Tuesday, September 05, 2017

Summit discusses possible solutions to growing problem of wild-horse overpopulation in West

Wild horses play near Reno, Nevada. (Reno Gazette-Journal photo by Andy Barron)
At a summit on Aug. 22-24, officials said that "swollen populations of federally protected wild horses roaming 10 Western states are starved and damaging rangelands," Michelle Price and Scott Sonner report for The Associated Press. "Members of Utah’s congressional delegation and a U.S. Interior Department official speaking at the National Horse and Burro Summit in Salt Lake City all described an unsustainable population of wild horses that’s nearly three times the size that federal officials think the rangeland can support."

Suzanne Roy with the American Wild Horse Campaign says that horse-protection advocates were not invited, and says the summit catered to agriculture interests that want to slaughter wild horses. But a wildland resources professor at Utah State University, Terry Messmer, said the summit was attended by people who care about the horses' welfare as well as Western rangeland management.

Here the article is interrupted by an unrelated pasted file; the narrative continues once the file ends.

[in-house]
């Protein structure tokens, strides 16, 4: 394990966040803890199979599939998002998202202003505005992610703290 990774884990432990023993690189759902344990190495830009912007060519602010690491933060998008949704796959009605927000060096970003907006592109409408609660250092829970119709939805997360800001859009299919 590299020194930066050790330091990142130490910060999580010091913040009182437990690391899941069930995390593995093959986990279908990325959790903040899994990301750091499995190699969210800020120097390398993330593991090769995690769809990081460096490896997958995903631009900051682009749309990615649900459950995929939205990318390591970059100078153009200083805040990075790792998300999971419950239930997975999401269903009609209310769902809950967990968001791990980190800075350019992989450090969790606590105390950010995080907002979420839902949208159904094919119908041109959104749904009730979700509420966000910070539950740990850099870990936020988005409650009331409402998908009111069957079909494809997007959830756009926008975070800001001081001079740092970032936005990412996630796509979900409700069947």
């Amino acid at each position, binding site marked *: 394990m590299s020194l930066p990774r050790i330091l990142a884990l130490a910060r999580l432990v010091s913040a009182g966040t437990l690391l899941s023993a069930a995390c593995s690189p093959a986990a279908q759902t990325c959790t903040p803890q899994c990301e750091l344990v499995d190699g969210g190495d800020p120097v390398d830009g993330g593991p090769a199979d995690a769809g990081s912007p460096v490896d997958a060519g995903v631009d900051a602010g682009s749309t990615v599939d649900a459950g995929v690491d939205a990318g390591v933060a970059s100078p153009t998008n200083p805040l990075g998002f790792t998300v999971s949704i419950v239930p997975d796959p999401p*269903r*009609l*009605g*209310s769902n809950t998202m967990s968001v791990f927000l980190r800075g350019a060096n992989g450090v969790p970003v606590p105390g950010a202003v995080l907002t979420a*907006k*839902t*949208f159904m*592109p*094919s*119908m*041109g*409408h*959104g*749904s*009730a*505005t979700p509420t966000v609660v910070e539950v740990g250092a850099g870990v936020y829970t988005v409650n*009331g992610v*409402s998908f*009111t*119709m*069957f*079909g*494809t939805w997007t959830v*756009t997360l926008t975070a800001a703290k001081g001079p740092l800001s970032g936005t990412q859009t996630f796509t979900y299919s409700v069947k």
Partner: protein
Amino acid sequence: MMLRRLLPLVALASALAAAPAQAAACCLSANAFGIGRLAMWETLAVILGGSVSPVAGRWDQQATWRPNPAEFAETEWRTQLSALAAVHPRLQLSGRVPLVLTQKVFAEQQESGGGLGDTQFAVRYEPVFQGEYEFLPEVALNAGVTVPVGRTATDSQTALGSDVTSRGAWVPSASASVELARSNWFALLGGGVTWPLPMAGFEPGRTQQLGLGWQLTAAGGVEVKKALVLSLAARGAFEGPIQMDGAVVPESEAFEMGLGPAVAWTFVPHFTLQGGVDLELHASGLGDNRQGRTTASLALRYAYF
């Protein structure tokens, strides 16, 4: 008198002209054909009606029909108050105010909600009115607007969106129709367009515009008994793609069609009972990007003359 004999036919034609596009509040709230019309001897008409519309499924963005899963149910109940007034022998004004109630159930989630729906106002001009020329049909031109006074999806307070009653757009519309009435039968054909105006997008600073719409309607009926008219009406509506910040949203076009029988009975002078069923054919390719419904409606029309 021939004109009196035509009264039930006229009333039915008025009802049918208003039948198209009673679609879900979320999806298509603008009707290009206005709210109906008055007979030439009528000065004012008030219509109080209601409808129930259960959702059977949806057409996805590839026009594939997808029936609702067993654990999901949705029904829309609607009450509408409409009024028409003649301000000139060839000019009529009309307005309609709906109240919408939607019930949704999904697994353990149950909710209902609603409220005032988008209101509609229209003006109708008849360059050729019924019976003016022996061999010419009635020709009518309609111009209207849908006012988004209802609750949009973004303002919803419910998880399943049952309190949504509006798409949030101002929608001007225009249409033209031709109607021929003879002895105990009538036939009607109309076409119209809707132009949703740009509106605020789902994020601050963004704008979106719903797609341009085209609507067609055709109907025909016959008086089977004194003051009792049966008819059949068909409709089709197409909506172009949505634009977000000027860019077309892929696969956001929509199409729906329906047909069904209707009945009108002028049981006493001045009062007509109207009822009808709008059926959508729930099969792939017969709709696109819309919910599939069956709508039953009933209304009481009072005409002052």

"A report by Congress’ General Accounting Office made public last week noted that the U.S. Bureau of Land Management removed nearly 135,000 horses from the range between 2000 and 2016 but the population on the range doubled and the number of horses in holding facilities increased sevenfold. The BLM asserts that U.S. rangeland can sustain fewer than 27,000 horses and burros, but there are more than 72,000 wild horses on the rangeland and about 46,000 in holding facilities," AP reports. The horses sometimes compete for resources with grazing animals owned by ranchers.

Participants in the summit were divided about the solution to the problem. Some say contraceptive vaccines will check the population humanely. Aurelia Skipworth, deputy assistant interior secretary for fish and wildlife and national parks, said euthanization is also part of the solution, and that Congress must also pass President Trump's budget request to allow wild horses to be sold without requiring buyers to guarantee the horses won't be resold for slaughter. U.S. Rep. Chris Stewart (R-Utah) said at the summit that he supports state-level management of the problem, and that euthanization is a kinder solution than food slaughter for what he calls a companion animal.

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